Five flashpoint issues in German-Turkish crisis

Berlin (AFP) –


German-Turkish ties have plunged to an all-time low since last year's failed coup against President Recep Tayyip Erdogan and the subsequent crackdown on alleged plotters and state enemies.

The escalating tensions have divided the three million ethnic Turks living in Europe's top economy, the largest diaspora abroad and a legacy of Germany's "guest worker" programme of the 1960s and 70s.

Germany, which now believes Erdogan is effectively holding about a dozen of its citizens hostage, last month announced a full review of relations and sharpened its travel advisory.

Erdogan's rows with Germany and other EU countries, human rights concerns and his warnings that Turkey could bring back the death penalty have put on ice its bid to join the European Union, which Berlin has suggested should end.

The tensions also threaten a controversial EU-Ankara refugee deal from 2016 that helped drastically reduce the mass influx of refugees and migrants, more than one million of whom ended up in Germany.

Here are five flashpoint issues that have, step by step, sped up the downward spiral in German-Turkish relations.

- Writers and TV comic -

Turkey is holding the correspondent of Die Welt daily, Turkish-German Deniz Yucel, on terror charges and has also detained other journalists and rights activists, including Peter Steudtner.

Dogan Akhanli, a German writer of Turkish origin, is now fighting extradition to Turkey from Spain.

Free speech issues have for years weighed on relations. Turkey ranks 155th on the latest Reporters Without Borders world press freedom index.

In March 2016, German TV comedian Jan Boehmermann infuriated Erdogan with his satirical "Defamatory Poem" in which he gleefully and crudely accused him of bestiality and watching child pornography, sparking a deep row and lengthy court battles.

- Armenia genocide vote -

Amid the tensions, Germany's parliament in a June 2016 vote joined more than 20 other countries in labelling the Ottomans' World War I-era massacre of Armenians a "genocide".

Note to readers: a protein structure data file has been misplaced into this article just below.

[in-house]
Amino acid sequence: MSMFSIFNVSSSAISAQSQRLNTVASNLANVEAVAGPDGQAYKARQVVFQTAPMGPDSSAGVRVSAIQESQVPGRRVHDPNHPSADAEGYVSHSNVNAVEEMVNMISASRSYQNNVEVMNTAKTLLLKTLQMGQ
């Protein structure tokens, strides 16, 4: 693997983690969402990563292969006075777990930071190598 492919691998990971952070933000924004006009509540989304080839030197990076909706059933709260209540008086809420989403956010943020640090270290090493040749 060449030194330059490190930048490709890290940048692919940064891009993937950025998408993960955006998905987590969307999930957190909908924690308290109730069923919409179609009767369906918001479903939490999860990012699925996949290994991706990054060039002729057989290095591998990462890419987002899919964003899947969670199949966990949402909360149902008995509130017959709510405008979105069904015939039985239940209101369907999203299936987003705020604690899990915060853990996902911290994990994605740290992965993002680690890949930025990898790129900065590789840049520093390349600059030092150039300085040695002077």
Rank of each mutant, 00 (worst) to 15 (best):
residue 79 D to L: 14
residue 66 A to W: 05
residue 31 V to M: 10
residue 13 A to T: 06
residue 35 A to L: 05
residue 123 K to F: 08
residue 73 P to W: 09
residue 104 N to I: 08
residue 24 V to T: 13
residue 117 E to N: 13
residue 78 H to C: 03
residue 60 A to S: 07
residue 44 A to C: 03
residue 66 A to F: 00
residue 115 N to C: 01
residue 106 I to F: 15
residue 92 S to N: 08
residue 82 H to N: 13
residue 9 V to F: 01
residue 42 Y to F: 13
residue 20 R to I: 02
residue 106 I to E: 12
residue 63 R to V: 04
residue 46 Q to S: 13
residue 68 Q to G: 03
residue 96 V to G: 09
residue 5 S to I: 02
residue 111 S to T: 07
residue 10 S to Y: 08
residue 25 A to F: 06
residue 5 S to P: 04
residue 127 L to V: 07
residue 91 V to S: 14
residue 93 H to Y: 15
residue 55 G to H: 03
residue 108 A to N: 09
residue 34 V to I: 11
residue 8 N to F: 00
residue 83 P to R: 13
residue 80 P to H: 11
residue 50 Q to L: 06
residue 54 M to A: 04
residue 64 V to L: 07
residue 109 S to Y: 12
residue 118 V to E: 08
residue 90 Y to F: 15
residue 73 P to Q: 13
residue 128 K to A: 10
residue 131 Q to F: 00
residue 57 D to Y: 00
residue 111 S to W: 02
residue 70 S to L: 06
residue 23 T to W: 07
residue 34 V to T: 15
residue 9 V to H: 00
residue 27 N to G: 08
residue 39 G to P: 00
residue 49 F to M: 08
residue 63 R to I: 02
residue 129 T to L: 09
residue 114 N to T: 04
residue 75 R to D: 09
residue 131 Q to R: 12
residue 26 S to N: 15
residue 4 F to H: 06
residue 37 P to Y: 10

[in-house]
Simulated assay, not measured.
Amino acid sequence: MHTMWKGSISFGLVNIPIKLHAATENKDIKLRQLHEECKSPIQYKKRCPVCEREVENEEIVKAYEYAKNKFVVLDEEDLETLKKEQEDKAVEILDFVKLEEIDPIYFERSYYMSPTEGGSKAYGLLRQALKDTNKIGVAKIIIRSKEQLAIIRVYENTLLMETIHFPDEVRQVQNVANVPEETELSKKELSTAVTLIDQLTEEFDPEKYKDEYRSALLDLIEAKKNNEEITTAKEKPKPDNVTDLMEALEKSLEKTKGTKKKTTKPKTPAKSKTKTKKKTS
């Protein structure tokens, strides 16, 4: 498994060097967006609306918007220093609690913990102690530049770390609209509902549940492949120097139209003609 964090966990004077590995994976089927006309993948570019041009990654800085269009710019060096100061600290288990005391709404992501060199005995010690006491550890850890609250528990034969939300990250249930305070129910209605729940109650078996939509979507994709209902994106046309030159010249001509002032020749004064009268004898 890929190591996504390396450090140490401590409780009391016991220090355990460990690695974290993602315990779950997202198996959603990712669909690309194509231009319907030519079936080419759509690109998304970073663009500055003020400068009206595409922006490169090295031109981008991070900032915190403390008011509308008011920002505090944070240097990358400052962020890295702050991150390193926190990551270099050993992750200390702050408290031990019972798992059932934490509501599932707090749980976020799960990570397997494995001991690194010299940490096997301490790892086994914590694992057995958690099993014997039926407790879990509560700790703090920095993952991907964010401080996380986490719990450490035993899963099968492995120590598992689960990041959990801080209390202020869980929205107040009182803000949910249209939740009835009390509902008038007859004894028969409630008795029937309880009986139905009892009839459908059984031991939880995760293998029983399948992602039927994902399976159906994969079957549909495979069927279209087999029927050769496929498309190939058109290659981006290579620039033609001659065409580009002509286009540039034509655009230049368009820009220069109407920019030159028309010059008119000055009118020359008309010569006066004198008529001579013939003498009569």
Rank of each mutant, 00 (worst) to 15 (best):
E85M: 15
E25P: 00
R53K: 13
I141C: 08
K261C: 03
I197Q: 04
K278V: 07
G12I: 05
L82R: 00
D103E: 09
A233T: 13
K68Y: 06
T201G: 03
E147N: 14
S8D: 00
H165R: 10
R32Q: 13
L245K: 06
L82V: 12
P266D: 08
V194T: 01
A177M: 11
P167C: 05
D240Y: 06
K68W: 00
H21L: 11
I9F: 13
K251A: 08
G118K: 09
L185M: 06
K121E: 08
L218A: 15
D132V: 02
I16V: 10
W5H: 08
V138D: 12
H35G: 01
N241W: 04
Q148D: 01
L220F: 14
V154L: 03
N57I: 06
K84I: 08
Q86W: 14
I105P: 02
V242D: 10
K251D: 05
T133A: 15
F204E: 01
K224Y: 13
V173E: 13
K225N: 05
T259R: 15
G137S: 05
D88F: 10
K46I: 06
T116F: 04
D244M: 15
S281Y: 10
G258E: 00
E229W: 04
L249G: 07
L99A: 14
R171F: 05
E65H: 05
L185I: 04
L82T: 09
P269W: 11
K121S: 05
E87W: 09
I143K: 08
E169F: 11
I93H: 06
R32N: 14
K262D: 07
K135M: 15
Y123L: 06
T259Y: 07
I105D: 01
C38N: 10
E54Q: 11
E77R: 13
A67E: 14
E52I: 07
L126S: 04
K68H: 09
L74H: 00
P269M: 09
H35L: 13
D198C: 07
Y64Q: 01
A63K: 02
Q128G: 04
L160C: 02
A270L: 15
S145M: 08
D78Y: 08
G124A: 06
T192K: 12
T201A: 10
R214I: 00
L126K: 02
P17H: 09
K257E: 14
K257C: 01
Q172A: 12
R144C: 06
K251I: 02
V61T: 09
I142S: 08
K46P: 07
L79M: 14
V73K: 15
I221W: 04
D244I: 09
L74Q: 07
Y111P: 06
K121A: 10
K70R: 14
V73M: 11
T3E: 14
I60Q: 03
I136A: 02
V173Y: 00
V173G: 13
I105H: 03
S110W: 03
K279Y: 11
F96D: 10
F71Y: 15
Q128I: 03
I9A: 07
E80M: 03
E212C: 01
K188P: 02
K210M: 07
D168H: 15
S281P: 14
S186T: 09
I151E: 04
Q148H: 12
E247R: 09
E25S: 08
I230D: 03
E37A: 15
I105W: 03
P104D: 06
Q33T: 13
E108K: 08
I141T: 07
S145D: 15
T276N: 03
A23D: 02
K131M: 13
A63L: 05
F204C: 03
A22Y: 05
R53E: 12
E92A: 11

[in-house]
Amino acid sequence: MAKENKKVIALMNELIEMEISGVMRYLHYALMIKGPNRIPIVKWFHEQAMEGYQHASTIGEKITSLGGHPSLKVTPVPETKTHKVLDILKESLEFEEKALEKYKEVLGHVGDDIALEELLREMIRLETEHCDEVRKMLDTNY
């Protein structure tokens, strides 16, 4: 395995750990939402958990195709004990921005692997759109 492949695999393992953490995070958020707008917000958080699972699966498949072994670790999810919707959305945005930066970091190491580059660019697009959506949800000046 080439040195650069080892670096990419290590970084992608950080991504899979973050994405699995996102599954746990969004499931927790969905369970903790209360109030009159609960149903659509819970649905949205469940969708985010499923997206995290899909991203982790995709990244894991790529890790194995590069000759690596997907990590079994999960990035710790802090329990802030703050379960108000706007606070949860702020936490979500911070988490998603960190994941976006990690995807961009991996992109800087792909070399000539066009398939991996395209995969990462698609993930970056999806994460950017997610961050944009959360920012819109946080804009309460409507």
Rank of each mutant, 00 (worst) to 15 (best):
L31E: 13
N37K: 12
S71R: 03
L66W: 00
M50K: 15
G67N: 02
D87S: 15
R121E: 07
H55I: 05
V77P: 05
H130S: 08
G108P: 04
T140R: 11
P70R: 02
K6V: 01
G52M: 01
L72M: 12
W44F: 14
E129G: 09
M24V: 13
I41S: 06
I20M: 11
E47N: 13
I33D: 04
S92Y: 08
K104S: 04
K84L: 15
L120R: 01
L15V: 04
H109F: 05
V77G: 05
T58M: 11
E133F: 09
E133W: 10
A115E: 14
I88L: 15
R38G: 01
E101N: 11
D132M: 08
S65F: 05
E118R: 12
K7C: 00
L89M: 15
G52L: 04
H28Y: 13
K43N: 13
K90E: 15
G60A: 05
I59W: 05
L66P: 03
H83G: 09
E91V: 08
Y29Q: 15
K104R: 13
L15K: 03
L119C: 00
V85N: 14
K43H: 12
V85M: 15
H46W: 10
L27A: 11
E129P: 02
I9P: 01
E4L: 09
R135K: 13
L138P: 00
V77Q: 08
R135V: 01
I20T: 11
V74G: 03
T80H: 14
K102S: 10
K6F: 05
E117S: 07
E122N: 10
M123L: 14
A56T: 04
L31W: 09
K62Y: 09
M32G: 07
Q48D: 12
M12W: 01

A furious Erdogan accused German lawmakers of Turkish origin of having "tainted blood", and several remain under special police guard after receiving anonymous death threats.

Armenians say that 1.5 million of their people were killed by Ottoman forces from 1915 in the first genocide of the 20th century. But Turkey vehemently rejects any use of the word genocide saying that up to 500,000 died when Armenians rose up and sided with invading Russian troops in World War I.

Chancellor Angela Merkel's spokesman only defused the row by clarifying that the resolution was "not legally binding".

- Military base visits -

For months after the Armenia vote, Turkey denied Bundestag lawmakers the right to visit 250 German troops then stationed at the Incirlik NATO base near Syria.

Germany has been flying Tornado surveillance missions over Syria and otherwise supported partner nations battling the Islamic State jihadist group.

After the issue flared again this year, Germany in June withdrew the contingent, moving it to Jordan's Azraq base.

- Failed coup and crackdown -

On July 15, 2016, a Turkish renegade army faction attempted a coup against Erdogan which left almost 250 people dead, not including the plotters.

Erdogan blamed US-based cleric Fethullah Gulen, a former ally turned arch-foe.

Since then 50,000 people have been arrested and more than 100,000 fired or suspended from their jobs, among them soldiers, police, magistrates and journalists, sparking international controversy.

Erdogan has accused Germany of sheltering plotters, as well as Kurdish militants, and demanded their extradition.

Germany says Turkey's MIT secret service and state-linked imams have been spying on Gulen followers in Germany.

- Election campaigns -

Turkish politicians have long sought to rally Turkish voters in Germany, but tensions rose after the coup and ahead of the April 16 referendum on expanding Erdogan's powers, which narrowly passed.

Several German towns barred rallies by pro-Erdogan politicians, sparking vitriolic exchanges in which Erdogan accused Germany and the Netherlands of behaving like "Nazis".

With Germany now in campaign mode ahead of September 24 elections, Erdogan has urged Turks in Germany to vote against Merkel's conservatives and other "enemies of Turkey".

The German foreign and justice ministers warned Erdogan was using "propaganda" to divide the Turkish community, threatening the democratic culture of Germany.